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Debian based systems can easily integrate Google Authenticator to enhance security in your ssh login.
This guide will show how to install Google Authenticator to add a second authentication level in your ssh session.
What We Need
As usual, I suggest adding from now to your favourite ecommerce shopping chart all needed hardware, so that at the end you will be able to evaluate overall costs and decide if continuing with the project or removing them from shopping chart. So, hardware will be only:
- Raspberry PI (including proper power supply or using a smartphone micro usb charger with at least 3A)
- micro SD card (at least 16 GB, at least class 10)
- an Android smartphone
First of all, with your Smartphone install Google Authenticator App from Google Play store.
From Raspberry side, if not still installed, please prepare OS: install Raspberry PI OS Lite in your Raspberry PI.
Make your OS up to date:
sudo apt update sudo apt upgrade
Install Google Authenticator PAM module:
sudo apt install libpam-google-authenticator
Configure SSH to use Google Authenticator PAM module. Edit the following file:
sudo nano /etc/pam.d/sshd
appending this line at the end:
auth required pam_google_authenticator.so
Restart ssh service:
sudo systemctl restart ssh.service
Enable challenge in ssh authentication config. Edit the following file:
sudo nano /etc/ssh/sshd_config
change ChallengeResponseAuthentication from no to yes, so that this part appears like the following:
#Change to yes to enable challenge-response passwords (beware issues with # some PAM modules and threads) ChallengeResponseAuthentication yes
Now run google authenticator from terminal by simply typing:
Before starting to configure, please note that your terminal will show a link on top of a giant QR code:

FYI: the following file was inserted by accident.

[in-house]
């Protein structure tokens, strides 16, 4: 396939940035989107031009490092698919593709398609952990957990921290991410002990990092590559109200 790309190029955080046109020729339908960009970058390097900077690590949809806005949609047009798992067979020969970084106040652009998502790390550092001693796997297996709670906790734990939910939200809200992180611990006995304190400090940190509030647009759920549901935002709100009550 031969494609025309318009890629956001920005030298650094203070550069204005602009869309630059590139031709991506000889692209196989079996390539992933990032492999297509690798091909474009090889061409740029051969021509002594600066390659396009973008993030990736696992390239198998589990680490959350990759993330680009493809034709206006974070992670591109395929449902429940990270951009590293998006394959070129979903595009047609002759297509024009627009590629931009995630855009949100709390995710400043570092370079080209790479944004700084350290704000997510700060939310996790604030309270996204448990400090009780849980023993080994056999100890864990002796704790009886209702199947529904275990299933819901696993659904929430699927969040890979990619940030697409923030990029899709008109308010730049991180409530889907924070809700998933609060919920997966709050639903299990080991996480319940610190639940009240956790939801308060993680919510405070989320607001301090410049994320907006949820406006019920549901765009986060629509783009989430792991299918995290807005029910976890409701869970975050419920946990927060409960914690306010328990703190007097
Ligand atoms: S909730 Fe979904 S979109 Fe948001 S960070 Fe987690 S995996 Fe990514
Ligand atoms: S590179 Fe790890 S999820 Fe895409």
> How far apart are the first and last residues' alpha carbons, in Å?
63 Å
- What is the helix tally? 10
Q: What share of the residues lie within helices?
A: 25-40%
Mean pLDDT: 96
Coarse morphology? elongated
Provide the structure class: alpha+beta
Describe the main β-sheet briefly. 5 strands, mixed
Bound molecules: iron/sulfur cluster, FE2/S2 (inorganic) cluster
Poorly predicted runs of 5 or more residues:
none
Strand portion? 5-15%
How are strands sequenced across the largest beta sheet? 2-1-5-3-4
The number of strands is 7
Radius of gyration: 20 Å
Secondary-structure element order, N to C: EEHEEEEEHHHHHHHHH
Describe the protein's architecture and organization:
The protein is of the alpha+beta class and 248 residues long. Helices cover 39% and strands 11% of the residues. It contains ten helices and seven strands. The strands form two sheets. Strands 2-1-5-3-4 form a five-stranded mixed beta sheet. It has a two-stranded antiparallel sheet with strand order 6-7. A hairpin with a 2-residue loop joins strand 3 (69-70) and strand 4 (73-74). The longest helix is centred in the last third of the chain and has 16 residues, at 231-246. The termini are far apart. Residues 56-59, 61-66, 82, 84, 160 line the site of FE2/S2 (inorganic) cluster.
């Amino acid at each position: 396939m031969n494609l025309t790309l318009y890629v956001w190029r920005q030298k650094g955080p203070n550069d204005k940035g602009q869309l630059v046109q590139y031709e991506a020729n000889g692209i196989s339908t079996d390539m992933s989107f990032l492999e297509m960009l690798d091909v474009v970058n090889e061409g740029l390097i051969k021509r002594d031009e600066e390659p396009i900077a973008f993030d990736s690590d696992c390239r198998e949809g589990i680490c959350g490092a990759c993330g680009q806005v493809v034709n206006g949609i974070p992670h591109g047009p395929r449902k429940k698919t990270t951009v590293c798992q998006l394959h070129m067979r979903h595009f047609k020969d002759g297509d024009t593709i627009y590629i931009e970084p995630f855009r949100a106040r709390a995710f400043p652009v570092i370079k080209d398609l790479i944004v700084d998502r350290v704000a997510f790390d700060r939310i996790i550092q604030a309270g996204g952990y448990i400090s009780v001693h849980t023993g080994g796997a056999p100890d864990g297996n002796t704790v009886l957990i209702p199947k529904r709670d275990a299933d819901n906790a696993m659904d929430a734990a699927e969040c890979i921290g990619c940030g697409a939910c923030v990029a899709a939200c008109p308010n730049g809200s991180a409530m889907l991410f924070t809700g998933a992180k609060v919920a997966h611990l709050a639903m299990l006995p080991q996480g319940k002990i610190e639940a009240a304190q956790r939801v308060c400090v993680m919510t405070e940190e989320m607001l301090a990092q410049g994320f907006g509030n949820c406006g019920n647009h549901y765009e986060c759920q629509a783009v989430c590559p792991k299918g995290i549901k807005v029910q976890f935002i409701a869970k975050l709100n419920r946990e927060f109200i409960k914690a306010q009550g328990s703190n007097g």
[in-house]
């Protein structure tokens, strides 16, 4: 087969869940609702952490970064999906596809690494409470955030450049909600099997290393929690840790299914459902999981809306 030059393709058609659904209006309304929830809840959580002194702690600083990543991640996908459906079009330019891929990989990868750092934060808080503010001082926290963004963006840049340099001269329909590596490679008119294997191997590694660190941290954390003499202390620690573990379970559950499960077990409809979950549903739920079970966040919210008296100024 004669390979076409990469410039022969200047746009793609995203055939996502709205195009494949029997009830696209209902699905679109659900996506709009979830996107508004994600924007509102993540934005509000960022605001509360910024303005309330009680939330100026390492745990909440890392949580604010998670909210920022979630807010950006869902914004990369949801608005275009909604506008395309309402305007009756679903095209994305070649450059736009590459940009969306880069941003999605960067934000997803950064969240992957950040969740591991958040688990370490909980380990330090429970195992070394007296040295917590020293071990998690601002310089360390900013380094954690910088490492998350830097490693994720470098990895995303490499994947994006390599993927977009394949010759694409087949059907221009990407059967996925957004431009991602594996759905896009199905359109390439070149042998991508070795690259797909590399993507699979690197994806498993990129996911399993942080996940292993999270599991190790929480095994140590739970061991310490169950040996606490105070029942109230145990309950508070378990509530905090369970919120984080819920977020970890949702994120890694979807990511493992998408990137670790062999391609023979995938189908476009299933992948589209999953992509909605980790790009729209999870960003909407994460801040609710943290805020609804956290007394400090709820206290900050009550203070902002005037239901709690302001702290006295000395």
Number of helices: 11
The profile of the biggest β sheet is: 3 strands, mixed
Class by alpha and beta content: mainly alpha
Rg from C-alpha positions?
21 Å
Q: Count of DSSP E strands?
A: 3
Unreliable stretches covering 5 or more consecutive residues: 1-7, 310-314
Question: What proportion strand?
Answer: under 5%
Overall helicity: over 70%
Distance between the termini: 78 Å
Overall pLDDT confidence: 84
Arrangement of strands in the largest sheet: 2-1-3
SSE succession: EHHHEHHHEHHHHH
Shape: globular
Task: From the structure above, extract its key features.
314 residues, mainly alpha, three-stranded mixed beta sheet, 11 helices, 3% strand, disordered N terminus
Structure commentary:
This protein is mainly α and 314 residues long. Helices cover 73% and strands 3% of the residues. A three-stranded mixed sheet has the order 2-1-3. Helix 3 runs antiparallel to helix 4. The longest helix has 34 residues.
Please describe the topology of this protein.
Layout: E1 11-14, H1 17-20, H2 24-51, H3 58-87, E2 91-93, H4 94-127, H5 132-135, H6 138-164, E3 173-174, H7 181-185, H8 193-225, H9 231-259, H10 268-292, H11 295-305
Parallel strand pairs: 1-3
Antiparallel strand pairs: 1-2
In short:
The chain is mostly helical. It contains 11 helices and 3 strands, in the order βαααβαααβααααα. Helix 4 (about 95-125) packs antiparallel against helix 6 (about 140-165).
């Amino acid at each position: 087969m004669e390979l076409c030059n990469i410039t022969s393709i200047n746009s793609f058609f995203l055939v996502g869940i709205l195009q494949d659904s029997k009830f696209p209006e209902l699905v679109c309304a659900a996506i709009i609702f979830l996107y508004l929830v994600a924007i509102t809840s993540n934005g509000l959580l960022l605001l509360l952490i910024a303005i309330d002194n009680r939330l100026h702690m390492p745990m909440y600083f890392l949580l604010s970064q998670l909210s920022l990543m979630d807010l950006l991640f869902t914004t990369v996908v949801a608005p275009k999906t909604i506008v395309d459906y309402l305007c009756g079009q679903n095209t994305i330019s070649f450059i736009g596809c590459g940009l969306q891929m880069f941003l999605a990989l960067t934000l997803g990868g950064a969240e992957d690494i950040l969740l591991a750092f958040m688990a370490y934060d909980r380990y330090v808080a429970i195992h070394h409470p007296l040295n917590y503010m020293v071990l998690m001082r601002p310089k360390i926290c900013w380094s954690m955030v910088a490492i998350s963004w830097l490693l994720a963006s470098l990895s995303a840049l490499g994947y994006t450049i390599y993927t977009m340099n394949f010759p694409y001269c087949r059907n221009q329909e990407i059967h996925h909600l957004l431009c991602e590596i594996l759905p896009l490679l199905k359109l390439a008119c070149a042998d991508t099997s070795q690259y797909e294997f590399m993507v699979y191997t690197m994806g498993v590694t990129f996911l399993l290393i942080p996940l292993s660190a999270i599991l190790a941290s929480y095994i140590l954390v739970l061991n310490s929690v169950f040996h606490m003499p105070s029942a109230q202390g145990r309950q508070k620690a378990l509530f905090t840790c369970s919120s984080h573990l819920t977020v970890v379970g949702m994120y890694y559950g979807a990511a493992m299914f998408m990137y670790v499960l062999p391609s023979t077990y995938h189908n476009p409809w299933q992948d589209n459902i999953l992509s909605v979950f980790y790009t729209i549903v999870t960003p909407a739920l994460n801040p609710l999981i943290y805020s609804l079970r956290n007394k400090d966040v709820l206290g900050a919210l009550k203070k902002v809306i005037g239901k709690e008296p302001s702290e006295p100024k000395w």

This link will be used later for Google Authenticator app in order to receive autenthication token. Copy it in safe location, we’ll use it later.
Under the QR code, you will find emergency codes. Keep them in safe location, these codes will be necessary if you loose your smartphone or if it becomes unusable:
Now go down to answer following config questions. Below suggested answers:
- Make tokens “time-base””: y
- Update the .google_authenticator file: y
- Disallow multiple uses: y
- Increase the original generation time limit: n
- Enable rate-limiting: y
Ok, from Raspbian side configuration is complete.
Open the link just saved (the one above giant QR code keep from terminal) in your browser. This will show a page with a QR code:
In your SmartPhone, open Google Authenticator app and tap the button with cross in bottom right side:
then select “Scan a Barcode”. With your camera, please focus on QR code in your browser.
A new token will appear in your screen:
This token will change time by time and you will use it together with your password to login in ssh.
Reboot your Raspberry PI:
In your new ssh login, you will be asked for:
- User id
- Password (which is your ssh keyboard passowrd)
- Verification code (which is code from Google Autenthicator)